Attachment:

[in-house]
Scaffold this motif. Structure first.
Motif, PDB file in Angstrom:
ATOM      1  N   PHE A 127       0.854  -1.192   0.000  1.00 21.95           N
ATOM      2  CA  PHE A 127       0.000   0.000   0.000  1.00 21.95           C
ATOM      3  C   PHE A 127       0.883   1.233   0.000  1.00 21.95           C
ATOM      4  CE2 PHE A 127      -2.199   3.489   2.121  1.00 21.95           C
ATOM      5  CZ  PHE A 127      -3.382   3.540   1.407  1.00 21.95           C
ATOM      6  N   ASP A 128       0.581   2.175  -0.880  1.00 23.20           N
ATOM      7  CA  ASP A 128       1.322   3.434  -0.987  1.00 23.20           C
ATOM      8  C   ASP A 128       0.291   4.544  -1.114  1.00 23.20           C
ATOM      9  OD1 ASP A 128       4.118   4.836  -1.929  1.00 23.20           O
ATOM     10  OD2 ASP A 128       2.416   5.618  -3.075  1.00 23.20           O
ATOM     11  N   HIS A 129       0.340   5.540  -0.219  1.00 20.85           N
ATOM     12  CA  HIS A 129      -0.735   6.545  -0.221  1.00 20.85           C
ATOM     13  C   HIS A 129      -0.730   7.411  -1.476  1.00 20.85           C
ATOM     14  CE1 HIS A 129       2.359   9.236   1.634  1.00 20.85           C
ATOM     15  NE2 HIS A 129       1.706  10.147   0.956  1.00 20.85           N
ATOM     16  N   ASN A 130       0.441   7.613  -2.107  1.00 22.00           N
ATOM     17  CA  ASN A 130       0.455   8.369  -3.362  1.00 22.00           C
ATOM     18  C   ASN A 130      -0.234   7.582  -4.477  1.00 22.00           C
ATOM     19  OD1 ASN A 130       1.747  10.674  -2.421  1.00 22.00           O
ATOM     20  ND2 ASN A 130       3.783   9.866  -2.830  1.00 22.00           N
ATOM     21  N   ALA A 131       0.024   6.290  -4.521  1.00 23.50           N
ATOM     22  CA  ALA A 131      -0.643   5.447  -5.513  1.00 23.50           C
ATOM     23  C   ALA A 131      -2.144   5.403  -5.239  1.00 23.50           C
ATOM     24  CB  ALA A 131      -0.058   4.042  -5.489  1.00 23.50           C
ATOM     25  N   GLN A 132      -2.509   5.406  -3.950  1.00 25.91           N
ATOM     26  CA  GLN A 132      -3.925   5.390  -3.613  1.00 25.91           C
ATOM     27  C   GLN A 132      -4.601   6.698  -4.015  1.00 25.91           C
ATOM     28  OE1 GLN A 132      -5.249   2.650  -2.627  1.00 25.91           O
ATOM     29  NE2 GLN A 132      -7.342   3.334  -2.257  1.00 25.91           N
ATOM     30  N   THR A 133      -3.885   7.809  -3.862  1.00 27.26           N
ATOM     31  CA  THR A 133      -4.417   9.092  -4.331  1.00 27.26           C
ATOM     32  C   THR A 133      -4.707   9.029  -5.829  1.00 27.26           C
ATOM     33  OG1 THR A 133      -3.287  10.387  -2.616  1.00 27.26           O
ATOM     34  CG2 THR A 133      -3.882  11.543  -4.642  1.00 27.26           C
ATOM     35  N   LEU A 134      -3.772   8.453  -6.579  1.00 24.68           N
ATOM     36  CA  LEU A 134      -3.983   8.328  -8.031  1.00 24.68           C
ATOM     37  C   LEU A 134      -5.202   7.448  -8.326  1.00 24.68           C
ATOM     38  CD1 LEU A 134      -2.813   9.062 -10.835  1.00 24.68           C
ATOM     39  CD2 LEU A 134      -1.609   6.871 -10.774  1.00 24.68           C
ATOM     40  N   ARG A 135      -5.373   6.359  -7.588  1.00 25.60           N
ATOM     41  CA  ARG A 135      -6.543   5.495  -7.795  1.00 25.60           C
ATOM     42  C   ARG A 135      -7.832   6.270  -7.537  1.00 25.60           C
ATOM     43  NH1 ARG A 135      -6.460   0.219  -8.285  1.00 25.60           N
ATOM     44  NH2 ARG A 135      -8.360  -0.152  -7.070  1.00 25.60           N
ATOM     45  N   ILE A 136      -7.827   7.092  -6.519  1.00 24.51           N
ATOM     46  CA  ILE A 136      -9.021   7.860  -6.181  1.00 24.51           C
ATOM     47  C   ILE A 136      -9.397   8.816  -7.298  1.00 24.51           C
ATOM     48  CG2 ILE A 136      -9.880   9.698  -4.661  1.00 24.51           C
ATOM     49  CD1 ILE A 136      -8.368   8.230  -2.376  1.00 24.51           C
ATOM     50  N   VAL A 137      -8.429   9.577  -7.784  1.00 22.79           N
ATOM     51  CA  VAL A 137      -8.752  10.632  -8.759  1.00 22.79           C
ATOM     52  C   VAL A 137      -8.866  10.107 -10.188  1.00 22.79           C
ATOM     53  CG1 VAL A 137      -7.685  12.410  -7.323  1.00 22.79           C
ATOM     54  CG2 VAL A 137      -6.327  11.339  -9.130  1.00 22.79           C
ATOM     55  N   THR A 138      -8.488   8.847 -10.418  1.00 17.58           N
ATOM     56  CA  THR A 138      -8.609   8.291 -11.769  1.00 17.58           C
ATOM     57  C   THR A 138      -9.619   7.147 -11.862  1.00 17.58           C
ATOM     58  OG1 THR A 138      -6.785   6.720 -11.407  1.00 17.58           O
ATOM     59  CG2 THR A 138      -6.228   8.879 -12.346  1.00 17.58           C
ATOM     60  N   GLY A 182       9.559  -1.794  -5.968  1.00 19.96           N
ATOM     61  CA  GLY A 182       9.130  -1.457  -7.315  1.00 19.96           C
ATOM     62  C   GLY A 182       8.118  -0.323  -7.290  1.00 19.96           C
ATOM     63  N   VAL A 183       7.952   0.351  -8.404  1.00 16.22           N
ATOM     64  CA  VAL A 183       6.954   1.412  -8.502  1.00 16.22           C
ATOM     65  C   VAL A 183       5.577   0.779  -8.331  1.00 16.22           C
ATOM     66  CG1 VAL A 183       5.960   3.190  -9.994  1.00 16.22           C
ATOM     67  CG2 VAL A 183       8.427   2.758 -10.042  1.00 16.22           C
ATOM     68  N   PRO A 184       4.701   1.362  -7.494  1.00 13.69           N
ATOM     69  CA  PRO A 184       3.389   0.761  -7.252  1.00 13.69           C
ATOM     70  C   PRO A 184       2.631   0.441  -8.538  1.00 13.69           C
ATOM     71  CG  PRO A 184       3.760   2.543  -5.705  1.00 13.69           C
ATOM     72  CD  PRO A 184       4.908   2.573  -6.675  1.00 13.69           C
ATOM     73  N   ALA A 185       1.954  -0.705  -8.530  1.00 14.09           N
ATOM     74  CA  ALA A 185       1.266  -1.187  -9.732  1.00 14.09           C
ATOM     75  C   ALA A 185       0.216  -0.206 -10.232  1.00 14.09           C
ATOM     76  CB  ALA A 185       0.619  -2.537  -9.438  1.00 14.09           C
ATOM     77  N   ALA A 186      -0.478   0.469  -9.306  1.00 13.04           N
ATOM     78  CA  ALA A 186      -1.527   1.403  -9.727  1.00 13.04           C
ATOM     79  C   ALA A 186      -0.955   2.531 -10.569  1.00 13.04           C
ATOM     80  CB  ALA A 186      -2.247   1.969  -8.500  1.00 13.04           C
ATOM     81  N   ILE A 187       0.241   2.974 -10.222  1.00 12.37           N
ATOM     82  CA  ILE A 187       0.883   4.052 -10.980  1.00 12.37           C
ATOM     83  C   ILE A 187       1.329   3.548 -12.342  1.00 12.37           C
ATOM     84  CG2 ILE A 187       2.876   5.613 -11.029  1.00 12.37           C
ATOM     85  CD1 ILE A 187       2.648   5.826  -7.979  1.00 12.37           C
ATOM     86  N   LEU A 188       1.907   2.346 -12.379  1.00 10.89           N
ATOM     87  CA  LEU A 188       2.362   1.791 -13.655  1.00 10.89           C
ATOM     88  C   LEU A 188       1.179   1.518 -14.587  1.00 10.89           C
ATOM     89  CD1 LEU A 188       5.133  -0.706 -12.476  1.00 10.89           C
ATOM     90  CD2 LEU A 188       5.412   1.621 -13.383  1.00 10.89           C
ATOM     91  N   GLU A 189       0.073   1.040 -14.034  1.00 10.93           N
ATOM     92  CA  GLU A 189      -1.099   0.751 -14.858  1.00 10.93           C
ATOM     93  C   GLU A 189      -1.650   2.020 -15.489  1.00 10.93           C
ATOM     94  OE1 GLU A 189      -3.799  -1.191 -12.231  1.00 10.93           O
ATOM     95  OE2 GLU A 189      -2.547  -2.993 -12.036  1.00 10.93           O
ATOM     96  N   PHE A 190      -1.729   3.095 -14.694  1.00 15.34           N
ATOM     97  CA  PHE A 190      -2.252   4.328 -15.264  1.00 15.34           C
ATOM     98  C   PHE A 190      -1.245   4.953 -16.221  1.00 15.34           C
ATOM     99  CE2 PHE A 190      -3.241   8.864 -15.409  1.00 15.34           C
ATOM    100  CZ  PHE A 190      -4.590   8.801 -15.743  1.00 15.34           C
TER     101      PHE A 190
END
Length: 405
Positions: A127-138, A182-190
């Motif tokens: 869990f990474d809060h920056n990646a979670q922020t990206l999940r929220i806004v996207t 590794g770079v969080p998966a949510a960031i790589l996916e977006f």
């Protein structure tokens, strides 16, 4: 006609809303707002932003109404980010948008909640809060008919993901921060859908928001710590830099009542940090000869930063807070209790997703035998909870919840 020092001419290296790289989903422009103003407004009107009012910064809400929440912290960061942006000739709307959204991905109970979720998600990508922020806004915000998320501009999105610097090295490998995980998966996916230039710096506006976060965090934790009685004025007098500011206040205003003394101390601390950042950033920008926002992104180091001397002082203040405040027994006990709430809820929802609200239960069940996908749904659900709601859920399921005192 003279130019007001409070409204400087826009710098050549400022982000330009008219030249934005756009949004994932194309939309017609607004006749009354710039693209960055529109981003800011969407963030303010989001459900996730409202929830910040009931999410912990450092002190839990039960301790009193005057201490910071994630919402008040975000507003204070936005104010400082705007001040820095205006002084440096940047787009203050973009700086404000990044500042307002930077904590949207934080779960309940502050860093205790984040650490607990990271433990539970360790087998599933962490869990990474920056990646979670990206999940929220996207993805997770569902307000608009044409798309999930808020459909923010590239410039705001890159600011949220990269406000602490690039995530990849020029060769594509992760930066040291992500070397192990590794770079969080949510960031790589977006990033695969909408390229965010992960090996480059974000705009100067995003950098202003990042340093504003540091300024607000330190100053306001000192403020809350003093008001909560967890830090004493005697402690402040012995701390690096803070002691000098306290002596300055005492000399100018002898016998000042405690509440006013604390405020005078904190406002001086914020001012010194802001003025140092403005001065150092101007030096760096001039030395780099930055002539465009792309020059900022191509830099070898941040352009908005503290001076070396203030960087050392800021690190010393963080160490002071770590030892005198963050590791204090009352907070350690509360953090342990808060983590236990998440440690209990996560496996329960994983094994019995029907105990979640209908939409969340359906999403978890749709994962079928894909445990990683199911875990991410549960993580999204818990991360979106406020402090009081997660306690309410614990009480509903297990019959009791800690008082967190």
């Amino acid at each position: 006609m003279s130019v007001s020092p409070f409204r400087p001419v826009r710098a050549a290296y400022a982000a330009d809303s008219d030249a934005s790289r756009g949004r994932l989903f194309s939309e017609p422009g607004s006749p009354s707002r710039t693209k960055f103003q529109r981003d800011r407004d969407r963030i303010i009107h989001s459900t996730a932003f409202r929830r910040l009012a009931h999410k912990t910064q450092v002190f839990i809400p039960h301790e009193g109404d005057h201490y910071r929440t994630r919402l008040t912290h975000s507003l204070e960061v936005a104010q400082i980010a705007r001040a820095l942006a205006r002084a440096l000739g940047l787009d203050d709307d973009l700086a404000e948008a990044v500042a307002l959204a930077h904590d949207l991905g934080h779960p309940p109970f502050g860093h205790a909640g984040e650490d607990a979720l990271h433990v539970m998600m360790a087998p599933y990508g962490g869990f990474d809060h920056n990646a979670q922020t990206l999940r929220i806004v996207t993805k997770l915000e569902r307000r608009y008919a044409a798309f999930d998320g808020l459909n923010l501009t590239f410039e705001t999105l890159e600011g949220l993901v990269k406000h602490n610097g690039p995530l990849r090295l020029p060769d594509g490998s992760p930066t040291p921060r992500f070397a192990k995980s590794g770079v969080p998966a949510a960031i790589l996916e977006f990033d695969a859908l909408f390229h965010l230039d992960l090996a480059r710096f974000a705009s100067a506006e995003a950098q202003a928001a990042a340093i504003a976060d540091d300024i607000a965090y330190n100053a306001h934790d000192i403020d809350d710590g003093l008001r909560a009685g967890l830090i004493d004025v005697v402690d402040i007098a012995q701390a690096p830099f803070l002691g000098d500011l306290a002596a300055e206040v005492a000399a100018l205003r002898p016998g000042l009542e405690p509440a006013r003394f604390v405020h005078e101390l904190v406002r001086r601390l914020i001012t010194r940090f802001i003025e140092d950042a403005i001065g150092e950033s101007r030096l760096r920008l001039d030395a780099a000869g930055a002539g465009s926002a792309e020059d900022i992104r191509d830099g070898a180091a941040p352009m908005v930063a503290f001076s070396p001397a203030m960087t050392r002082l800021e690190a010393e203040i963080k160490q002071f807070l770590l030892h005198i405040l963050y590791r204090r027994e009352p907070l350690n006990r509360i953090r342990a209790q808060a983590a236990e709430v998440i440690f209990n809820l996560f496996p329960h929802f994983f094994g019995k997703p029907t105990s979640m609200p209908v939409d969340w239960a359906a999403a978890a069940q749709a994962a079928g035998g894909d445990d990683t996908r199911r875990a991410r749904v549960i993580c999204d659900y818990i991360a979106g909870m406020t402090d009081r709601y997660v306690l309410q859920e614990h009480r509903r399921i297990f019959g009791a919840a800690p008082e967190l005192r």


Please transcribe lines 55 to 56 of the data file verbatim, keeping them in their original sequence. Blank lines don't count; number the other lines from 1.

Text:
ATOM     52  C   VAL A 137      -8.866  10.107 -10.188  1.00 22.79           C
ATOM     53  CG1 VAL A 137      -7.685  12.410  -7.323  1.00 22.79           C